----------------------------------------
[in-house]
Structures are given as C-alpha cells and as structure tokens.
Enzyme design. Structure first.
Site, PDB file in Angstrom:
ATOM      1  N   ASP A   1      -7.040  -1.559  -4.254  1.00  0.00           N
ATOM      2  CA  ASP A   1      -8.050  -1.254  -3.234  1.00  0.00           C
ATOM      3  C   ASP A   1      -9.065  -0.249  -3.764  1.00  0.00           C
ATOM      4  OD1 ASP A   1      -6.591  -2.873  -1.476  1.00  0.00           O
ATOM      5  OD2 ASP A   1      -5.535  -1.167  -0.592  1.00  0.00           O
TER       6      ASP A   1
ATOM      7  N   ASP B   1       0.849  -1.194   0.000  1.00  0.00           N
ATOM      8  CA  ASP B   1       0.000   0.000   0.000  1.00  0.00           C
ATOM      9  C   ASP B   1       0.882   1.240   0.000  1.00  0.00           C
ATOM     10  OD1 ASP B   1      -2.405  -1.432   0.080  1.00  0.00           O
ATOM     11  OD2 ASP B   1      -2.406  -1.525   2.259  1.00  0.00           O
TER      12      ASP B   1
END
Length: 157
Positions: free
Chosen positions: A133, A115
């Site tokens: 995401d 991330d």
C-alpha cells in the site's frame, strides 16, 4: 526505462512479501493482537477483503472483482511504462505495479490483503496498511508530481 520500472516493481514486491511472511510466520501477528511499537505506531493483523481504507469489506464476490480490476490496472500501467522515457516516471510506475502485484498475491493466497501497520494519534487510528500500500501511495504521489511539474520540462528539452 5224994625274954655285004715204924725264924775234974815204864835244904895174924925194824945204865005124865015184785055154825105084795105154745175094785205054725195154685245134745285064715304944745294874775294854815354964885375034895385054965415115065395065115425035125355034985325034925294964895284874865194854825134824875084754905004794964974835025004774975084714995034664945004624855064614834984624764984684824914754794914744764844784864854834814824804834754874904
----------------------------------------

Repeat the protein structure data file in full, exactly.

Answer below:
[in-house]
Structures are given as C-alpha cells and as structure tokens.
Enzyme design. Structure first.
Site, PDB file in Angstrom:
ATOM      1  N   ASP A   1      -7.040  -1.559  -4.254  1.00  0.00           N
ATOM      2  CA  ASP A   1      -8.050  -1.254  -3.234  1.00  0.00           C
ATOM      3  C   ASP A   1      -9.065  -0.249  -3.764  1.00  0.00           C
ATOM      4  OD1 ASP A   1      -6.591  -2.873  -1.476  1.00  0.00           O
ATOM      5  OD2 ASP A   1      -5.535  -1.167  -0.592  1.00  0.00           O
TER       6      ASP A   1
ATOM      7  N   ASP B   1       0.849  -1.194   0.000  1.00  0.00           N
ATOM      8  CA  ASP B   1       0.000   0.000   0.000  1.00  0.00           C
ATOM      9  C   ASP B   1       0.882   1.240   0.000  1.00  0.00           C
ATOM     10  OD1 ASP B   1      -2.405  -1.432   0.080  1.00  0.00           O
ATOM     11  OD2 ASP B   1      -2.406  -1.525   2.259  1.00  0.00           O
TER      12      ASP B   1
END
Length: 157
Positions: free
Chosen positions: A133, A115
């Site tokens: 995401d 991330d």
C-alpha cells in the site's frame, strides 16, 4: 526505462512479501493482537477483503472483482511504462505495479490483503496498511508530481 520500472516493481514486491511472511510466520501477528511499537505506531493483523481504507469489506464476490480490476490496472500501467522515457516516471510506475502485484498475491493466497501497520494519534487510528500500500501511495504521489511539474520540462528539452 5224994625274954655285004715204924725264924775234974815204864835244904895174924925194824945204865005124865015184785055154825105084795105154745175094785205054725195154685245134745285064715304944745294874775294854815354964885375034895385054965415115065395065115425035125355034985325034925294964895284874865194854825134824875084754905004794964974835025004774975084714995034664945004624855064614834984624764984684824914754794914744764844784864854834814824804834754874904